Strong Women in the Dominican RepublicIn March Women of Vision traveled to visit World Vision projects in the Dominican Republic. Here the team shares some of their impressions and stories of strong women who they met on their trip!
Our trip to the Dominican Republic was blessed with many strong women! Claudia Martinez, from World Vision Dominican Republic was our wonderful interpreter, Beth Yeager, from WVUS, was our leader. Our team consisted of: Stephanie and Camille Ingram and Judy Wonning (from WOV Colorado), Valerie Glass and Brandy Phillips-Brandon (from the Triad Chapter in North Carolina), and Mary Lynn Moser (from the Southwest Florida Chapter).
“The Desperate Women” – After a long ride in the country we came to a fenced area. Several women were there to meet us. Their micro enterprise project is the raising of goats. They have been working at it for several years and have a herd of 150. Once they reach 300 goats, they will start to produce cheese. They have built a shelter and a pen and the goats graze on land the women chose carefully because of its water source. Their leader explains that when they applied for the loans they needed a name so they called themselves “The Desperate Women.” They don’t feel desperate anymore: they are strong, proud and hopeful, a perfect example of the power of micro loans. ~Judy Wonning
“I wanted to save a child’s life, but she saved mine.” – By the third day, we had met four sponsored children. The visits had gone well although most of the children have been very shy and one little girl was quite afraid. (And, oh, how I wish I spoke Spanish!) Now it is Anny’s turn. As usual, my anxiety has no basis. I recognize her immediately. She is sporting the bright purple outfit her mother had purchased for her with the Christmas money we had sent and that she had been photographed in for a thank you we received promptly thereafter. She has her mother with her for support and I am so glad to have Camille with me.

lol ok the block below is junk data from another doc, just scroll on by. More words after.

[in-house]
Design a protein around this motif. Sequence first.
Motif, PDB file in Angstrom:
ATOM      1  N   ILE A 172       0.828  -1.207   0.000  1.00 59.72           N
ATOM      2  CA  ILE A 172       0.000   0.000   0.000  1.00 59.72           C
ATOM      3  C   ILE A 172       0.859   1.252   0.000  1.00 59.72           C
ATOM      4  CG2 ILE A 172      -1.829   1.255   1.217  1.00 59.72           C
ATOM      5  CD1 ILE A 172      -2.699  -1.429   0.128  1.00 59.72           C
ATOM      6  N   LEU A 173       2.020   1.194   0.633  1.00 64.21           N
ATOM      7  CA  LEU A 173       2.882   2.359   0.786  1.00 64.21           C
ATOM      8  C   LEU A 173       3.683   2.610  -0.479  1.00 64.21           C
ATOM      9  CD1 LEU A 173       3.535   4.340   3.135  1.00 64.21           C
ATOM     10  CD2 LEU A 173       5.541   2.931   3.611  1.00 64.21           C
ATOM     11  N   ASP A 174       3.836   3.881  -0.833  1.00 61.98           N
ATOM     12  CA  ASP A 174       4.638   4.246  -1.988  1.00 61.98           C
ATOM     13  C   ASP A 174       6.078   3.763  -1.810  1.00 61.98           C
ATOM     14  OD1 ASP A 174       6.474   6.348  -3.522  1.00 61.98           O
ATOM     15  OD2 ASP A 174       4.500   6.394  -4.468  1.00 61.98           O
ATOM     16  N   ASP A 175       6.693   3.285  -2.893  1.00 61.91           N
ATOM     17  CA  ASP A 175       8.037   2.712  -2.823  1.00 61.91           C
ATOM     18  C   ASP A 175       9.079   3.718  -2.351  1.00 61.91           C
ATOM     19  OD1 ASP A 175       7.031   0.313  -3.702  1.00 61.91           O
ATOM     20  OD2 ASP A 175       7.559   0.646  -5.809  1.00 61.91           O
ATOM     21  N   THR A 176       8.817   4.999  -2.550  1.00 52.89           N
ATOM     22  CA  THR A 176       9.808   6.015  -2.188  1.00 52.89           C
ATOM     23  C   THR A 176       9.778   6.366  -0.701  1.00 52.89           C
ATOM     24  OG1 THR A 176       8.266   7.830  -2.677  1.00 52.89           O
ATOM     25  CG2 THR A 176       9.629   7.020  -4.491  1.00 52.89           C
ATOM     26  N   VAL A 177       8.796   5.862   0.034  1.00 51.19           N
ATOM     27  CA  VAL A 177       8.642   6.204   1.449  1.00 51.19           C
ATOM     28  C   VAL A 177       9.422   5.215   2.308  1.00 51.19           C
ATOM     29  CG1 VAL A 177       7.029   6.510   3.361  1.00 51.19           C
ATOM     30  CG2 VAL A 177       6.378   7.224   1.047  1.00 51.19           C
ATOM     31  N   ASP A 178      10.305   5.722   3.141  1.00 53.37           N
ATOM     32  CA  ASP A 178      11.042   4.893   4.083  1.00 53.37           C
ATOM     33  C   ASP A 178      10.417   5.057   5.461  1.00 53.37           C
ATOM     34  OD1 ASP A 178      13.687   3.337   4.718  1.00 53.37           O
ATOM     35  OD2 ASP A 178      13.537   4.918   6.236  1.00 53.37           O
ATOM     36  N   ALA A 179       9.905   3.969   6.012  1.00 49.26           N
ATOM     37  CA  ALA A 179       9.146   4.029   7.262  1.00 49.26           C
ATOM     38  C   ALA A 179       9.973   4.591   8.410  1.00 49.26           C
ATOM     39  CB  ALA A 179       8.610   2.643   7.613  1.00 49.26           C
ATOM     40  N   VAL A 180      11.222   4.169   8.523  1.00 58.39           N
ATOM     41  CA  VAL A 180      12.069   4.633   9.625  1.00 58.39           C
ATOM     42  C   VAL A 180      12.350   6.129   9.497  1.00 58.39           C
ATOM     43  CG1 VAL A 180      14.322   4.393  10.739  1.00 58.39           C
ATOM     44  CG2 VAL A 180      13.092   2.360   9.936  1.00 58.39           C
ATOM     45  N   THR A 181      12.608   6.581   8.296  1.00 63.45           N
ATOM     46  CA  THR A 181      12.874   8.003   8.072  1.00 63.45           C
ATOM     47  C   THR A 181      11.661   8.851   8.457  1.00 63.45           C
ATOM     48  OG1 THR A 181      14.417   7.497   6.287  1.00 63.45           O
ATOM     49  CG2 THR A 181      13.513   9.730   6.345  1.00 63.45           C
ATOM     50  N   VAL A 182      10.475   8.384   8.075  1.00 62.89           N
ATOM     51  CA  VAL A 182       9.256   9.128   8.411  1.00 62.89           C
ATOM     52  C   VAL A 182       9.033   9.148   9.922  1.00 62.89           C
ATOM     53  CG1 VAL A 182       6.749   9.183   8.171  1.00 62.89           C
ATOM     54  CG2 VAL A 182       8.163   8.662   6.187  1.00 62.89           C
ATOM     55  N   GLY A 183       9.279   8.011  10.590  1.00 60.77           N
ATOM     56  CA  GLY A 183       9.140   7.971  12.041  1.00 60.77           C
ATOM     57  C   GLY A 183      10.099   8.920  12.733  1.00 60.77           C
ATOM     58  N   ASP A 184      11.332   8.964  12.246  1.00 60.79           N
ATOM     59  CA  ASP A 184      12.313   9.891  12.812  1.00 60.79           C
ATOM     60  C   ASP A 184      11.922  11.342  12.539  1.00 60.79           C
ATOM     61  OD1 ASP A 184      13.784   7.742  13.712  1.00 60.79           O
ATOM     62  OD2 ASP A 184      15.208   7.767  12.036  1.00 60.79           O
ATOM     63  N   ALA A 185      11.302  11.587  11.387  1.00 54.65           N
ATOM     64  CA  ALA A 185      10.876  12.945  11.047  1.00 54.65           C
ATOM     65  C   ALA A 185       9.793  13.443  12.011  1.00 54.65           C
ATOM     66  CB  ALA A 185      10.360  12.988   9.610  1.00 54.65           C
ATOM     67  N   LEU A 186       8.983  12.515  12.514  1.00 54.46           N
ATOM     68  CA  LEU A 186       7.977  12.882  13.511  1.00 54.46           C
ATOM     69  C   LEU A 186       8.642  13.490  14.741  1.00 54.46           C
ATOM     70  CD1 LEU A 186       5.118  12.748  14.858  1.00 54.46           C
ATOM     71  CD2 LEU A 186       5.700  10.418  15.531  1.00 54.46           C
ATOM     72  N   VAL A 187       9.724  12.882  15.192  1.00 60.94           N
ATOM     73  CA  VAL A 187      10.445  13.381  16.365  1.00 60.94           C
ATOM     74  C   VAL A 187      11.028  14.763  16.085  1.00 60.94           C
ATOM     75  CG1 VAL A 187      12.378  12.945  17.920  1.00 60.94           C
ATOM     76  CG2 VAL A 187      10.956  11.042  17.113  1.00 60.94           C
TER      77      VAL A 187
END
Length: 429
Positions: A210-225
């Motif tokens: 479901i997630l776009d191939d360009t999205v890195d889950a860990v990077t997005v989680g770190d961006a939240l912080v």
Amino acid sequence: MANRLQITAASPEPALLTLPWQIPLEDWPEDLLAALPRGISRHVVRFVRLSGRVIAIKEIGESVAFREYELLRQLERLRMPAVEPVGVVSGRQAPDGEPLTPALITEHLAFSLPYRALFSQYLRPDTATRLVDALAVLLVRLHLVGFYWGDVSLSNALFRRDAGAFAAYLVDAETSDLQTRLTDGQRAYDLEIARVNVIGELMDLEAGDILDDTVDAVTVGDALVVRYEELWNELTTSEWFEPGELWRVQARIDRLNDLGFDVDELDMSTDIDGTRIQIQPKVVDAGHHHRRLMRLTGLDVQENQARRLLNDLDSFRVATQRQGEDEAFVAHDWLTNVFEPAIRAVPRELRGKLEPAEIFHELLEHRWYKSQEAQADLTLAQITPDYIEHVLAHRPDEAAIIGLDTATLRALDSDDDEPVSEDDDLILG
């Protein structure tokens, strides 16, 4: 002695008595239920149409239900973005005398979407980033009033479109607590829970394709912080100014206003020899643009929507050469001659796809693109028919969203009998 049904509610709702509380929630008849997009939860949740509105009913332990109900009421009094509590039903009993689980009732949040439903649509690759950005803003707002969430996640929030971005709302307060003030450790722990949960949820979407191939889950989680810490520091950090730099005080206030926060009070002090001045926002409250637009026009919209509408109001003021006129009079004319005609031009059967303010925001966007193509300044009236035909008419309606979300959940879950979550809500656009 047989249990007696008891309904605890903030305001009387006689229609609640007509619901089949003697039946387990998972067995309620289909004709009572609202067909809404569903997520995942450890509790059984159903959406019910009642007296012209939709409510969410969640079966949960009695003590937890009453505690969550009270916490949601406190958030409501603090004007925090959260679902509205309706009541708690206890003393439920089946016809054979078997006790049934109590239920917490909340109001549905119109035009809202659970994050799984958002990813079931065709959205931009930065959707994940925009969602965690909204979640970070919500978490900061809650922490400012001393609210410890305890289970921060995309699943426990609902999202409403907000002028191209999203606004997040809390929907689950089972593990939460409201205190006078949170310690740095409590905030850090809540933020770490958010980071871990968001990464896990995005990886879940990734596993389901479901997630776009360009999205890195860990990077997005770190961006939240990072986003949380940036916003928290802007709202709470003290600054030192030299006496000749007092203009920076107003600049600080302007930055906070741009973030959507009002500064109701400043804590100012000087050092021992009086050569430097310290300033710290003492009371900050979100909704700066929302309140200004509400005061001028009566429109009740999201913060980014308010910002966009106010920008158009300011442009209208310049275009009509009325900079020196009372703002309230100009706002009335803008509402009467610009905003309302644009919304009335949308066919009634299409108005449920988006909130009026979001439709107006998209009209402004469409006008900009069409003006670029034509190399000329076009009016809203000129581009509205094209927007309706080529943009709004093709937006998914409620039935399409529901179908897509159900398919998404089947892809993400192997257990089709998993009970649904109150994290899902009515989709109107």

We had brought Anny a doll and to think how I had agonized over that choice! Was it to be a doll with hair, a baby doll, a black, white or brown doll? How clueless could I have been to think this child would even care? She had never owned a doll! They joined us for lunch and Anny ate until her stomach hurt all the while caring for her new baby doll. She chatted constantly with everyone at the table, not knowing we could’t understand her. Thank goodness for Claudia, our guide and interpreter and totally dedicated WVDR employee, who informed us that Anny said, “You all look alike!” Her confidence shows a strong woman in training. We were given a t-shirt as we left. It says in Spanish, “I wanted to save a child’s live, but she saved mine.” What else can I say? ~Stephanie Ingram
Francia – What one young woman can do! Francia’s blue house is in the destitute village of Cuchilla, near the Haitian border. As tiny Francia Simon, 19, greets us, we see that “good things come in small packages.” Francia tells her story: At the age of 12, she found herself faced with possible exclusion from school because she did not have a birth certificate. In response, she carried out extensive research and showed great perseverance in pursuing her own registration. She succeeded and gained lasting access to secondary education. Since then, Francia has been using the knowledge and strength she acquired through this process to help other children without birth certificates to attain state recognition. She has helped over 185 children receive an official name and nationality, increasing their self esteem and giving them the chance to lead a more secure and fulfilling life.
At age 16, a World Vision worker nominated Francia for the International Children’s Peace Prize. She won and traveled to Norway to receive her prize! With the prize money several new homes and a community center were built in Cuchilla. ~Camille Ingram